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  3. #2
    Join Date
    Jan 2011
    Location
    Great Falls Montana
    Posts
    7,824

    Default Re: Moving hive 75 yards

    Sounds like you have a plan well in hand. You are doing what I would do in the same situation.

  4. #3
    Join Date
    Jul 2012
    Location
    Kirksville, Missouri USA
    Posts
    1,765

    Default Re: Moving hive 75 yards

    Some bees will go to the old location, but at 75 yards, they should find it back eventually. I moved a hive probably 75 yards to the other side of the shop and found bees hovering at the old location for a few days, but they seemed to be gone every evening, so they probably found their home or one of the others nearby before dark. You could do several 10 ft moves every day or so to ease the confused bees. I moved hives 10 ft at a time and no big deal was noticed.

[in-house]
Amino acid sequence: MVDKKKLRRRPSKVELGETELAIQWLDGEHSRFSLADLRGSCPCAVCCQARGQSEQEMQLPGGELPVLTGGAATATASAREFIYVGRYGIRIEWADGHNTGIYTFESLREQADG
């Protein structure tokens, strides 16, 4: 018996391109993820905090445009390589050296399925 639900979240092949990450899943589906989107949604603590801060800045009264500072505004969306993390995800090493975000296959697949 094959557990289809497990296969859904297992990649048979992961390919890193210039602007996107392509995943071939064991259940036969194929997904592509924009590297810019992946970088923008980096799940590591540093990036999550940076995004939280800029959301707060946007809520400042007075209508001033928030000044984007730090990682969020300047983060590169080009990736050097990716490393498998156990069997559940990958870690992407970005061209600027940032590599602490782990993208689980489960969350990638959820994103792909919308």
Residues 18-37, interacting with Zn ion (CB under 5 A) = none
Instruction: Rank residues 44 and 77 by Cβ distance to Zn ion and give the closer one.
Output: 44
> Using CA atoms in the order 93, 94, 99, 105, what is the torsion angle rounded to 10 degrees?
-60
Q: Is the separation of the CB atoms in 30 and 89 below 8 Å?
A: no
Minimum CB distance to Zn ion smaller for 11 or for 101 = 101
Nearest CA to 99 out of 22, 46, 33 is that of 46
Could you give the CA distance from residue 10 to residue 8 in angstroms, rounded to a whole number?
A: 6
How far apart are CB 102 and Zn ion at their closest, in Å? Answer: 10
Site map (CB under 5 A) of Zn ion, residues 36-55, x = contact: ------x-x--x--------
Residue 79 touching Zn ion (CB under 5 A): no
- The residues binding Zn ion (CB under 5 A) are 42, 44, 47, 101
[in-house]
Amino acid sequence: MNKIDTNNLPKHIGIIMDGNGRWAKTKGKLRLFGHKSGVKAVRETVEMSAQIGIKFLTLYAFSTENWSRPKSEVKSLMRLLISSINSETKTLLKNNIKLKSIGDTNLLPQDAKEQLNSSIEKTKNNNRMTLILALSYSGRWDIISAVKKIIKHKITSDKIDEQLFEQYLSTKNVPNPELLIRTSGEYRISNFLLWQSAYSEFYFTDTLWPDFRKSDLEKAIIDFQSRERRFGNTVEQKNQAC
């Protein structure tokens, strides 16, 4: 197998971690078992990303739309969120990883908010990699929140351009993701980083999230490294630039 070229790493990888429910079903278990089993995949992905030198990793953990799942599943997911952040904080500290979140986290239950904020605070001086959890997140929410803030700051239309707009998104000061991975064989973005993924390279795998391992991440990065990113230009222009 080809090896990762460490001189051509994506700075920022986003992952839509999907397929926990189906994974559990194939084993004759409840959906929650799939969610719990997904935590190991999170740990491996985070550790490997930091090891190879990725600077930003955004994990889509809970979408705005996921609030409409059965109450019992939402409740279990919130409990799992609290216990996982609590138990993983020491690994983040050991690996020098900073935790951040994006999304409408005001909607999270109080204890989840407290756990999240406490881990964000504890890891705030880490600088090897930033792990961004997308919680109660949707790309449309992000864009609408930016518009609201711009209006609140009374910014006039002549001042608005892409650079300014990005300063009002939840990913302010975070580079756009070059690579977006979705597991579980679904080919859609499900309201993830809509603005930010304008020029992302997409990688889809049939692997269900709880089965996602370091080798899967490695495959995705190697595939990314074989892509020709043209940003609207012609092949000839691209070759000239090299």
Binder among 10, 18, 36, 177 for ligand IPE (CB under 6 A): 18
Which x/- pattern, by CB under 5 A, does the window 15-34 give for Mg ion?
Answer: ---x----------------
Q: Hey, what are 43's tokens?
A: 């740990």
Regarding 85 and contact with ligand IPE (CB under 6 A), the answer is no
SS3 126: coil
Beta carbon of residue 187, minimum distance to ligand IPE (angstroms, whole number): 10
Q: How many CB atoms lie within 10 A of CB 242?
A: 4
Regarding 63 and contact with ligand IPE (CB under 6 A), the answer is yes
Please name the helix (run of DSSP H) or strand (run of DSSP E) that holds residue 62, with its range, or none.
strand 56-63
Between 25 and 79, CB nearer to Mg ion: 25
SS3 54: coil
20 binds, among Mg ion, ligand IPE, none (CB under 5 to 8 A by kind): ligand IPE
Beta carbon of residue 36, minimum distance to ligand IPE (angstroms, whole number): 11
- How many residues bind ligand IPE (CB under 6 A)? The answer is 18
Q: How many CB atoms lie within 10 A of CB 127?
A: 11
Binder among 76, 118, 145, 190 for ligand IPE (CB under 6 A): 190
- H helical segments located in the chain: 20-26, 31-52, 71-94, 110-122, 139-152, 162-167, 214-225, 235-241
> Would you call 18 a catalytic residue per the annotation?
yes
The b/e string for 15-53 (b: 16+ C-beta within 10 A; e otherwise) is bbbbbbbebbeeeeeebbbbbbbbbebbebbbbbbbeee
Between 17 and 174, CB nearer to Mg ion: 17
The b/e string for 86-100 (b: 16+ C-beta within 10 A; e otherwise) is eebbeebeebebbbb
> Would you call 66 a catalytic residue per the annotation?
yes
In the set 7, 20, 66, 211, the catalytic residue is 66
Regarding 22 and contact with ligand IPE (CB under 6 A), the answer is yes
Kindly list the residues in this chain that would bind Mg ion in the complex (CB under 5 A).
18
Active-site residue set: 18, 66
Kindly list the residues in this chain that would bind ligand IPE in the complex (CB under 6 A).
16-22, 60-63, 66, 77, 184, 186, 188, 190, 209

5. #4
    Join Date
    Jun 2013
    Location
    Rensselaer County, NY, USA
    Posts
    5,536

    Default Re: Moving hive 75 yards

    In addition to branches piled over the opening, lately I've been setting the stack so it faces 180 degrees away from the direction it did at the old site. Even if I eventually intended to face it back the old way, I set it up "backwards" at first. It's very easy to turn a stack around 20 or 30 degrees at a time, later on. Facing the wrong way adds just another factor to make the bees stop and think about things when they leave the colony for the first time.

    Nancy

  6. #5
    Join Date
    Feb 2006
    Location
    Massillon, Ohio
    Posts
    5,604

    Default Re: Moving hive 75 yards